Josh Brandt

At the outset of the Republic, Polemarchus advances the bold thesis that “justice is the art which gives benefit to friends and injury to enemies”. He quickly rejects the hypothesis, and what follows is a long tradition of neglecting the ethics of enmity. The parallel issue of how friendship (and other positive relationships) affects the moral sphere has, by contrast, been greatly illuminated by discussions both ancient and contemporary. This article connects this existing work to the less explored topic of the normative significance of our negative relationships. I explain how negative partiality should be conceptualized through reference to the positive analogue, and argue that at least some forms of negative partiality are justified. I further explore the connection between positive and negative relationships by showing how both are justified by ongoing histories of encounter (though of different kinds). However, I also argue that these relationships are in some important ways asymmetrical (i.e. friendship is not the mirror image of enmity).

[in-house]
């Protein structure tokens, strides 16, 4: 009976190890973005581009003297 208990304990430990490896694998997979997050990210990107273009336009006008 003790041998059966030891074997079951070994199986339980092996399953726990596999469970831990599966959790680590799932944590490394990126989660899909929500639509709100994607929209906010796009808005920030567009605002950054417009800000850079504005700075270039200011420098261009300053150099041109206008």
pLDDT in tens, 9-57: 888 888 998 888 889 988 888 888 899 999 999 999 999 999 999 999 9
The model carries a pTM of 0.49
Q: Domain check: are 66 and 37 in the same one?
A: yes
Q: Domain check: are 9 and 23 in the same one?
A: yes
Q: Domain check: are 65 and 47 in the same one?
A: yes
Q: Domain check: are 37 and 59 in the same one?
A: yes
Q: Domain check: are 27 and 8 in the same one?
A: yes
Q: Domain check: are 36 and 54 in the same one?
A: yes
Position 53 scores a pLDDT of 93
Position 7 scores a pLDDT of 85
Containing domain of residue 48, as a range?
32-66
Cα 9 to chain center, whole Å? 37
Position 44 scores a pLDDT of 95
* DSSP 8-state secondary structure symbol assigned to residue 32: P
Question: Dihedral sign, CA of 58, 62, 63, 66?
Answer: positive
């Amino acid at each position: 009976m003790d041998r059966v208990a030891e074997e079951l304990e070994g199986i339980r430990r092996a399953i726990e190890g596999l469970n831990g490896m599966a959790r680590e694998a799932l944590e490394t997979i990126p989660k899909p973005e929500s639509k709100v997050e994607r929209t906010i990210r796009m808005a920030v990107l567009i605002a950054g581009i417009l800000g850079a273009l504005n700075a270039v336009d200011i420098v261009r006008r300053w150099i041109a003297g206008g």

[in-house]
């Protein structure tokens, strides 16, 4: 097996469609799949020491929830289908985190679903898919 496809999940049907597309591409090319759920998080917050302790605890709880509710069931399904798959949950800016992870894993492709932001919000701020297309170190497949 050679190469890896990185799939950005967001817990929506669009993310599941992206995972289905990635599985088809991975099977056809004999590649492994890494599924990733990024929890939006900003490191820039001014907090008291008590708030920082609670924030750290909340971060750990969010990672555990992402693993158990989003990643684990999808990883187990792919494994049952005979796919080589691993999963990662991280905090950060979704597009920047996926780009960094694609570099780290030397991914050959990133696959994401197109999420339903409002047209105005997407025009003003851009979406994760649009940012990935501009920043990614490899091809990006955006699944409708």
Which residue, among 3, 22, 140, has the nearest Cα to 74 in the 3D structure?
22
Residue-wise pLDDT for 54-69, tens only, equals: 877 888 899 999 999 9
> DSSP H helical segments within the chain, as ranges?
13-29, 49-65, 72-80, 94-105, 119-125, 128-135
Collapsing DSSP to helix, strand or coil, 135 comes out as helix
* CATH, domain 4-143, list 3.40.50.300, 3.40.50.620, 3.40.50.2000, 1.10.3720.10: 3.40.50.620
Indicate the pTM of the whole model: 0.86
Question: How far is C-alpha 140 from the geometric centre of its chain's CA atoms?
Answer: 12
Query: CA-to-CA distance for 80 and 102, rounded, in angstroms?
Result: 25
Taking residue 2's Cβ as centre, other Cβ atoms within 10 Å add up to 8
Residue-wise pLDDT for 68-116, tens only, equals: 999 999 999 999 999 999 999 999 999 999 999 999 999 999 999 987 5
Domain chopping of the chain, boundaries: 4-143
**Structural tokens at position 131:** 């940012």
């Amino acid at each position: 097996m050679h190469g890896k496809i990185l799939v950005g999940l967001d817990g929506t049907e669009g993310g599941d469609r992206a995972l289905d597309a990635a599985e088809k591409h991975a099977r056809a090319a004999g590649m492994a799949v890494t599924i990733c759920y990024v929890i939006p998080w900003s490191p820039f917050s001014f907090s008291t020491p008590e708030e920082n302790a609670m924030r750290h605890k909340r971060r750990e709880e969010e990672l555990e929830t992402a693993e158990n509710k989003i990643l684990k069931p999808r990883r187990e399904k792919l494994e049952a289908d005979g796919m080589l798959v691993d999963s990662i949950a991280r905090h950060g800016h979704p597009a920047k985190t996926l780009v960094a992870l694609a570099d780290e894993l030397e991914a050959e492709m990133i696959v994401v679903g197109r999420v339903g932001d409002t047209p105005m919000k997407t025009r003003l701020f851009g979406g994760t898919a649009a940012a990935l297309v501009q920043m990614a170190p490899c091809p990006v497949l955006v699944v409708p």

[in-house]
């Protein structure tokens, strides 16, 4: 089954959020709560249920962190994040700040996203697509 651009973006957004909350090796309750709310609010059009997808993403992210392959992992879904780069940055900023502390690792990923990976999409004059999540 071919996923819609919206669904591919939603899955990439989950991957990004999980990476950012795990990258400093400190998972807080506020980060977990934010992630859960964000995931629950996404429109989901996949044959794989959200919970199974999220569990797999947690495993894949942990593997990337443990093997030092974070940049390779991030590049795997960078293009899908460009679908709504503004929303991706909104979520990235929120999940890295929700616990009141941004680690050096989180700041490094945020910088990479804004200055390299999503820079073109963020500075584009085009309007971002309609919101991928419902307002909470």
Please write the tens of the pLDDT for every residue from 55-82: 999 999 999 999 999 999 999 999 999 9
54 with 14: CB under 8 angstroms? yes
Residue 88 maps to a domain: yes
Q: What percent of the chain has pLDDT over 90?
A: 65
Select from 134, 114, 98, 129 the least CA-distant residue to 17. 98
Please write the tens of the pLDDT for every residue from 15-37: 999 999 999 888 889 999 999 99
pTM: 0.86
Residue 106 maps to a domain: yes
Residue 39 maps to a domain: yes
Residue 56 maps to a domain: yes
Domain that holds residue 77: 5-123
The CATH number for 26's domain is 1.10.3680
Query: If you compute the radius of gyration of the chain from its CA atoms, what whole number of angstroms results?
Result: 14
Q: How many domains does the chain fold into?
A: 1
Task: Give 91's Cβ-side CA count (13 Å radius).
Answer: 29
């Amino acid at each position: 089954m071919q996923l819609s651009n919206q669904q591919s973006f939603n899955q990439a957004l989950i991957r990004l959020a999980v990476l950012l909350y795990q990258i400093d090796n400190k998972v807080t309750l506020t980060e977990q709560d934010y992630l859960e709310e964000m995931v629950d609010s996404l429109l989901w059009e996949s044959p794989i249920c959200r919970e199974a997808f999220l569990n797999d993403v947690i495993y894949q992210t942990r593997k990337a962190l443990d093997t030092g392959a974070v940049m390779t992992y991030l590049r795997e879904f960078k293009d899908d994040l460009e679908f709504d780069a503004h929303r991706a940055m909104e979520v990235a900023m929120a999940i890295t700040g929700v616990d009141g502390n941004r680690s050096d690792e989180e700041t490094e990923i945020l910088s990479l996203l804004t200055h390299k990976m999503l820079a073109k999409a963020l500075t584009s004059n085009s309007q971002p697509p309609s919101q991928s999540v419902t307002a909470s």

Helga Esselborn-Krumbiegel

Koloniale Tiere

Mensch-Tier-Konstellationen in der politischen Philosophie der Neuzeit

Iris Därmann

Wolf, Tiger und Löwe gehören zu den prominenten Tierfiguren der politischen Zoologie. Die politische Philosophie von Hobbes, Locke und Rousseau mit ihren signifikanten Verschiebungen der Mensch-Tier-Grenze sowie der Grenze zwischen (kriegerischem) Naturzustand einerseits, Gesellschaftsvertrag und Staatsgründung andererseits, hat diesen Tierfiguren eine kolonial aufgeladene Bühne bereitet.